If we are to classify the bond we have with artists as relationships then I think my relationship with The Mountain Goats has hit a rough patch. Look, I’m not saying I’ve fallen out of love with them or anything, it’s just that I think the spark has gone. The past few albums by them have been fine, but they all kind of blur into one after a while. They all share a certain tastefulness in regards to the music while the words, always the jewel in The Mountain Goats crown, were starting to sound comforting or, even worse, predictable, when once they were capable of creating an open wound after one listen. It was in this mindset that I approached their new album. After one listen I was ready to declare the relationship all but over, feeling that it was sustained only by the passion and memory of our early years. On second listen I thought perhaps that with some couples therapy we might make it after all. By the third listen it was true love all over again and I was looking forward to many quiet nights in on the couch with some wine and chocolate.
As always, main Mountain Goat John Darnielle imbues his characters with a certain stoic dignity, a gratifying steely resolve that allows us to see their humanity even when the characters actions seem to be self-destructive. Everybody seems to be hiding a terrifying secret from their past, an unbearable memory that will not let them rest until they are finally six feet under. This has sustained Darnielle for an entire career but until this album I thought perhaps his powers were beginning to fail him in recent years. When did I begin to change my mind? I think perhaps it was the string section in ‘Age Of Kings’ that first set my heart a flutter. Then I think it was the heavy atmospherics of ‘The Autopsy Garland’. I play the album again and the frantic ‘Estate Sale Sign’ makes my pulse race. It’s all coming together now. The charming backing vocals of ‘High Hawk Season’ make me smile for unfathomable reasons. I breathe a sigh of relief knowing that this relationship is far from over. This is, without a doubt, The Mountain Goats’ best album in years.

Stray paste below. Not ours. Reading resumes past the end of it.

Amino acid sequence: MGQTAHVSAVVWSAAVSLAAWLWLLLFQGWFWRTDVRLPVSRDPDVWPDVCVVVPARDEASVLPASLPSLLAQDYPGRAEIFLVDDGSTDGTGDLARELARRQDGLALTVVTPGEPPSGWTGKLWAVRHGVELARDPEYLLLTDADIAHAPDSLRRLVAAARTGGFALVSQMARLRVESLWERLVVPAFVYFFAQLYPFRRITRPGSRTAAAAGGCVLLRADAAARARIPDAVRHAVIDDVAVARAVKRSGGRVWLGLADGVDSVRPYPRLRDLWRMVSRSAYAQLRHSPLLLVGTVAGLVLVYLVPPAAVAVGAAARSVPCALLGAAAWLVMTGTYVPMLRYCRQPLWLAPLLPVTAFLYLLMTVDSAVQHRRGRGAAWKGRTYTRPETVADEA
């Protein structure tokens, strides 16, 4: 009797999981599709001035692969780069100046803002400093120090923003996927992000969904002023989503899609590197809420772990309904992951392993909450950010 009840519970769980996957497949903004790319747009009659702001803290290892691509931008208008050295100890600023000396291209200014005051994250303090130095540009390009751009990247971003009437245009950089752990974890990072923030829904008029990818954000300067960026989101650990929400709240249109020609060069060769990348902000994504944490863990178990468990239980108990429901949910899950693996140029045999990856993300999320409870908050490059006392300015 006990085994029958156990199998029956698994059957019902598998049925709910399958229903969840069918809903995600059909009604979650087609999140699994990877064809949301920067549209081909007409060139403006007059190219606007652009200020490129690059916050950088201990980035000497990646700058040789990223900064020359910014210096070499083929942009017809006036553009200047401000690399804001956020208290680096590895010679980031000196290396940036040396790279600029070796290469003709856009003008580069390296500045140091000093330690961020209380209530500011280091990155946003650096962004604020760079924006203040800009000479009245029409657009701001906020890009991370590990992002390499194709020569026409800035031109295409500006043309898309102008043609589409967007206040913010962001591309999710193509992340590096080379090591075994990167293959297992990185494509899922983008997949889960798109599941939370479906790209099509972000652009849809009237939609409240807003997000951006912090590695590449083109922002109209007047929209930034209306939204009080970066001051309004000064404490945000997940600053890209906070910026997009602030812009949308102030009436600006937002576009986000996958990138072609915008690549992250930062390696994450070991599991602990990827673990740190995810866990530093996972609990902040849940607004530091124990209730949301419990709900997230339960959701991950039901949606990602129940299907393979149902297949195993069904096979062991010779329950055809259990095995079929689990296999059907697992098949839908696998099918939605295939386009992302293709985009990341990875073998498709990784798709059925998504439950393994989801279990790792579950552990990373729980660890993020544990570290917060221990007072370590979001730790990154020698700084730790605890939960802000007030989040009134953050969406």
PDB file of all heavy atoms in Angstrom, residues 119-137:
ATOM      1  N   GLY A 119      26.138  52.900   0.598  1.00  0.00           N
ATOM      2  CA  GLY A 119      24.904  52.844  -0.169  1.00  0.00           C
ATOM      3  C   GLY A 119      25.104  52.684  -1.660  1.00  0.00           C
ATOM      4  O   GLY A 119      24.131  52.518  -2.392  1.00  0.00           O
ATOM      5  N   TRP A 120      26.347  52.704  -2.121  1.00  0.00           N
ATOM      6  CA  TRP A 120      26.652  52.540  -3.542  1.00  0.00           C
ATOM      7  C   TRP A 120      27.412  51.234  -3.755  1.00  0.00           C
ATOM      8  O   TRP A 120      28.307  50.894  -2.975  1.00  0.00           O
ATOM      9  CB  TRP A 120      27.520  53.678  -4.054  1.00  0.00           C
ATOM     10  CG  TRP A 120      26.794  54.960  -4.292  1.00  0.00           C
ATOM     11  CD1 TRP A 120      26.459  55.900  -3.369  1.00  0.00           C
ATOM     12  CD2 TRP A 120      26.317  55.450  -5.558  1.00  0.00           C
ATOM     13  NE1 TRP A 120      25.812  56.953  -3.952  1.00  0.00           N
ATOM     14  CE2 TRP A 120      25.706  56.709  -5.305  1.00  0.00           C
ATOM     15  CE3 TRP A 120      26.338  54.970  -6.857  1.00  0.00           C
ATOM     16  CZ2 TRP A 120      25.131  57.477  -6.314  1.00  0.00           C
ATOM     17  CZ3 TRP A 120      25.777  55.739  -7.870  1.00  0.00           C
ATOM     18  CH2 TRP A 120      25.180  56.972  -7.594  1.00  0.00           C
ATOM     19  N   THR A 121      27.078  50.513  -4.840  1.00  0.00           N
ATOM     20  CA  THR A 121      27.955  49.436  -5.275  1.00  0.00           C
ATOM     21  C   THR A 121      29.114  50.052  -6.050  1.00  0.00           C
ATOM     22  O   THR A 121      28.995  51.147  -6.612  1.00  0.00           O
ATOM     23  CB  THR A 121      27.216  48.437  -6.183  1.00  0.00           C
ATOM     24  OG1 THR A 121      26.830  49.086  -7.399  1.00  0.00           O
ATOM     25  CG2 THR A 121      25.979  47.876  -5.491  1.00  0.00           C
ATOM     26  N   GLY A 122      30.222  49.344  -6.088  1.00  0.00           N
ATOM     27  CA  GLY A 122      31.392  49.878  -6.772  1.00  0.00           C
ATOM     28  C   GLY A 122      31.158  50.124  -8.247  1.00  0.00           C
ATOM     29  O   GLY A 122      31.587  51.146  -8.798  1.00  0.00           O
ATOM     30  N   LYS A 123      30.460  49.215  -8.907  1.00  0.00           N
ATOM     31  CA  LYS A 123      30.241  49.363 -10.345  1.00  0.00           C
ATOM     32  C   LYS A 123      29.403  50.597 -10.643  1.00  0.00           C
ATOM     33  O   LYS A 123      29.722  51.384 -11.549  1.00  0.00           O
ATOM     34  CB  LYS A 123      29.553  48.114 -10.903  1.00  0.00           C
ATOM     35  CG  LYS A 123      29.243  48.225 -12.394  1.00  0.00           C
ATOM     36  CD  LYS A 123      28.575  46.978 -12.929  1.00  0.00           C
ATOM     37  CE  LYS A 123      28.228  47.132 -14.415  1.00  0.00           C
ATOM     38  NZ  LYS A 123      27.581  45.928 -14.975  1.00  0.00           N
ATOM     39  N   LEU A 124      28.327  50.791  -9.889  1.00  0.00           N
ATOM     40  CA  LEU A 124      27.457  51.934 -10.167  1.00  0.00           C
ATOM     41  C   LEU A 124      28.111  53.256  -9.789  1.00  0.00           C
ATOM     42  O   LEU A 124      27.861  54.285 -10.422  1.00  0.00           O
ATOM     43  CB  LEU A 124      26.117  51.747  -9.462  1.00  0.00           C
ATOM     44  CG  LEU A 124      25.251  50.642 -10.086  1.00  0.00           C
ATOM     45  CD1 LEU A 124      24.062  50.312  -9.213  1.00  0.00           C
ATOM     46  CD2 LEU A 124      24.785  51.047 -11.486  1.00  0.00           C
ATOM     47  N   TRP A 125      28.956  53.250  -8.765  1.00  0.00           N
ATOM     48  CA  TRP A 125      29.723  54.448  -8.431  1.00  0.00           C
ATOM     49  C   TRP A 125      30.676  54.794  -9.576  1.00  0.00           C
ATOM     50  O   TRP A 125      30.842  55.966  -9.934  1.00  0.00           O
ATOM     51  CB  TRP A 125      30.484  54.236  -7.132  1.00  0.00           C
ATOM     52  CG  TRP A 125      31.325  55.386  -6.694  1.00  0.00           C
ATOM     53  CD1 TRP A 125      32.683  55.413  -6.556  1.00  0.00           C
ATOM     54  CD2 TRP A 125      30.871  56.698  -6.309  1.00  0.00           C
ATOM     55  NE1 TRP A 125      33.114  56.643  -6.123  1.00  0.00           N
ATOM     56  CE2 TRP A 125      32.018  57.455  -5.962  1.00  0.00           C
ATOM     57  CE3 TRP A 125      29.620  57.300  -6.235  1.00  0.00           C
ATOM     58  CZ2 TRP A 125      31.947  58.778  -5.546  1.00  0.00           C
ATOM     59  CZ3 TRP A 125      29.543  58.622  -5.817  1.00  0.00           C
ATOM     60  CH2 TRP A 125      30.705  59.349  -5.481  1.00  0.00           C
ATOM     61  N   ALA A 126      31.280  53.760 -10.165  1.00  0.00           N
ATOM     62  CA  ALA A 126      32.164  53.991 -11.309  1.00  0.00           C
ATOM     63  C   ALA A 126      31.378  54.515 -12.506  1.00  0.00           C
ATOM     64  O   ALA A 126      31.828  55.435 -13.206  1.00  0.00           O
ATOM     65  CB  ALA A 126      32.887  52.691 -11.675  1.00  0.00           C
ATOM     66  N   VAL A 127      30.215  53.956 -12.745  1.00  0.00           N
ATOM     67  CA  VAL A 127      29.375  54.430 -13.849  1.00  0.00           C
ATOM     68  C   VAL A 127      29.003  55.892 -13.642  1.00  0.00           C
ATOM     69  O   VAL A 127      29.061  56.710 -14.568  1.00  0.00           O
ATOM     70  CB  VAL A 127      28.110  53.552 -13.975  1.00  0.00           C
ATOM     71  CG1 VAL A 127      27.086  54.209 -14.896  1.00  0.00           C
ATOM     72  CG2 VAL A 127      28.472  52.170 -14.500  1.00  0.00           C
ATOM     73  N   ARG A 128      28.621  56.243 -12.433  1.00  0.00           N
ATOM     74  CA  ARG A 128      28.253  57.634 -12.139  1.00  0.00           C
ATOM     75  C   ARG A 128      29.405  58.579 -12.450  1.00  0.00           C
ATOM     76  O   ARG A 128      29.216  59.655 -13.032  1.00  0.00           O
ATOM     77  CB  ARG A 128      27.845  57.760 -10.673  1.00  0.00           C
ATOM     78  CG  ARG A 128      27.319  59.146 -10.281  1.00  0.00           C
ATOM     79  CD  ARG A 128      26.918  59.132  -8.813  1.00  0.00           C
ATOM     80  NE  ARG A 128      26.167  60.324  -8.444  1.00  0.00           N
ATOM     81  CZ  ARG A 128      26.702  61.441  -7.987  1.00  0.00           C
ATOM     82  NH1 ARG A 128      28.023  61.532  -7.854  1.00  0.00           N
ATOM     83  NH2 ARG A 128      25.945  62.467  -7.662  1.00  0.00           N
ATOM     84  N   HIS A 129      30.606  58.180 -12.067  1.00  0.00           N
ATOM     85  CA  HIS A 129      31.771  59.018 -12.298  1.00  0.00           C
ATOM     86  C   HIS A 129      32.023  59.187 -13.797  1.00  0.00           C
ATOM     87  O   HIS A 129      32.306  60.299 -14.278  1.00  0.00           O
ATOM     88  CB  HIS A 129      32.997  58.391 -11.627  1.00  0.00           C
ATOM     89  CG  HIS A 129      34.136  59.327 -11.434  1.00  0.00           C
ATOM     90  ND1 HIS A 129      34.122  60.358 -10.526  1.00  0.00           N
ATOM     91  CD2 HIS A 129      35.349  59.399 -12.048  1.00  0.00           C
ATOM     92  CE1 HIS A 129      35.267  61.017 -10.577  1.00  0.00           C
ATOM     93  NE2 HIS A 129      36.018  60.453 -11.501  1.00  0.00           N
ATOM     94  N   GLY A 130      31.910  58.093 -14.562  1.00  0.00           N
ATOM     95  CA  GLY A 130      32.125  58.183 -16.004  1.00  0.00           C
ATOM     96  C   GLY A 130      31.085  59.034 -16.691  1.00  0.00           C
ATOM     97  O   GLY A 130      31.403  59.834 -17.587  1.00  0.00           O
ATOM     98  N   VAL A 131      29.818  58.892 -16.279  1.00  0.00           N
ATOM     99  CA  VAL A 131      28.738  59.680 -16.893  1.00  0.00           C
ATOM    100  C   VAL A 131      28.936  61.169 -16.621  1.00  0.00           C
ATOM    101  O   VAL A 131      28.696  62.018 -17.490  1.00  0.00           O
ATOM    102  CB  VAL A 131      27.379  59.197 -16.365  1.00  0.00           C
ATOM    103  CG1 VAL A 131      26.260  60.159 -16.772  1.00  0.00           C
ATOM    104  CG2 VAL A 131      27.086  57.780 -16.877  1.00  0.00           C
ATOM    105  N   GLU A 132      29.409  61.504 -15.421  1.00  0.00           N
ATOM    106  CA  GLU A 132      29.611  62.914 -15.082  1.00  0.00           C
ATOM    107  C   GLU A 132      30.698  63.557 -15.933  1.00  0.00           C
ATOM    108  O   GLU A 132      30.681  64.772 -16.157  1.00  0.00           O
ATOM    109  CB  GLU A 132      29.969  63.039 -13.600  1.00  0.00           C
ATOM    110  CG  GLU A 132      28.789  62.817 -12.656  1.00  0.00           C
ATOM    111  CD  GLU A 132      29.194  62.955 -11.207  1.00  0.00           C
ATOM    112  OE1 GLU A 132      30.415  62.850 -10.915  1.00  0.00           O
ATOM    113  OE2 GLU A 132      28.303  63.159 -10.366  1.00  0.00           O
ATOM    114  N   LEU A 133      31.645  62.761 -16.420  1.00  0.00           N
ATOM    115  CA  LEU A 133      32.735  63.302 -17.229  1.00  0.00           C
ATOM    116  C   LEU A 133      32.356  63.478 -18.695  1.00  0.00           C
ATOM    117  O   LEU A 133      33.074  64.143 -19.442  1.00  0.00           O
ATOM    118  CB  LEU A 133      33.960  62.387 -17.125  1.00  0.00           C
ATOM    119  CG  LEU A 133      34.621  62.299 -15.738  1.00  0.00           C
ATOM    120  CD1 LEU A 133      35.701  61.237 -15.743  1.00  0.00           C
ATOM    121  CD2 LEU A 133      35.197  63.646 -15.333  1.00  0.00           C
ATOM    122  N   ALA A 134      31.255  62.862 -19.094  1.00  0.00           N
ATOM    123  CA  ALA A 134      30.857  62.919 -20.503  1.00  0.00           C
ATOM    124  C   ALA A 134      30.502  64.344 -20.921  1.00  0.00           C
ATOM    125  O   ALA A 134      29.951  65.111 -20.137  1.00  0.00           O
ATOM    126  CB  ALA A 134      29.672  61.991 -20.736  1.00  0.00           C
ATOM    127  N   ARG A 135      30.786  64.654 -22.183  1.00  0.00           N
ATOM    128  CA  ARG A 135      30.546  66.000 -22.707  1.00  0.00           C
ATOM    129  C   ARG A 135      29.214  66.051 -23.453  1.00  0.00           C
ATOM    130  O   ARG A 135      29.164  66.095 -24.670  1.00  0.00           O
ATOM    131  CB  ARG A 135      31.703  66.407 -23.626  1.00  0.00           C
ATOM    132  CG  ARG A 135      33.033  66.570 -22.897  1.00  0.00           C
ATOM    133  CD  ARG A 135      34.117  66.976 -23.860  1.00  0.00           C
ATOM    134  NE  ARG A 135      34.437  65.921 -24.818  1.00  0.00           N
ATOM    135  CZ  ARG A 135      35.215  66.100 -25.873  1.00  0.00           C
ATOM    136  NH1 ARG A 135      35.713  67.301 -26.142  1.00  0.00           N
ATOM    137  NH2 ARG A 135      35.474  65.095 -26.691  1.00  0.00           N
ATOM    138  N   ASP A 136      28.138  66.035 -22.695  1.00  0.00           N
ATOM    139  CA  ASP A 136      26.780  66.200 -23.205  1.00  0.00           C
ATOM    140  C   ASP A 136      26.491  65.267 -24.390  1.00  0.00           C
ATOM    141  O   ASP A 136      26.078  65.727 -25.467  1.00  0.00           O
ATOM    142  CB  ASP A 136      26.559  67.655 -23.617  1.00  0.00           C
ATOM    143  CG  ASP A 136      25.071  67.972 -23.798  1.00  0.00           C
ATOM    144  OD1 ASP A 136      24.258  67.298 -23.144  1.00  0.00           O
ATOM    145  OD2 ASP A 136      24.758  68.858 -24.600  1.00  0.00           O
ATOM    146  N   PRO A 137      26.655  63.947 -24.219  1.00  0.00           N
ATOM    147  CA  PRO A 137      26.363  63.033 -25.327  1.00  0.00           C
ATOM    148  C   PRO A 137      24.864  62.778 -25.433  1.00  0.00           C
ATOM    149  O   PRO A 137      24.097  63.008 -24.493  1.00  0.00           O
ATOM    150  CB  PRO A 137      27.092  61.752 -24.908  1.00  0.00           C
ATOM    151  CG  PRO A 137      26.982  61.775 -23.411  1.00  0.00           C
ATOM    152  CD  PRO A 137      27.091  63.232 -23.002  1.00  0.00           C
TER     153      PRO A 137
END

So where do we go from here? Is this a small ray of sunshine in an otherwise gloomy demise? I begin to wonder why this album works when the past two or three have not, despite having very similar qualities, and I see that this album has distinguishing details that give it sparks of life. The above-mentioned string section and backing vocals, small production details that enhance the songs without calling too much attention to themselves, the relative diversity of the songs themselves, everything falls into place correctly and the album, while not exactly soaring, achieves a certain majesty. Can it be done again, and again, with the band sticking to the same formula? This is where I’m not sure. I know that John Darnielle is an avid music fan, and that the music he appreciates covers a wide spectrum of tastes. If he were a DJ he could have been the American John Peel. Which leads me to ask, why doesn’t any of this show up in his music? Knowing that he’s a fan of metal, hip-hop, and probably several musical genres that I’ve never even heard of, I begin to feel like a person who has just discovered that their partner visits S&M websites after years of the missionary position. I’m not angry; I just want to know why he hasn’t shared any of this stuff with me.
Come on John, for the sake of us both open up a little. This relationship is still intact, but we have some work to do.
(This review originally appeared on Collapse Board)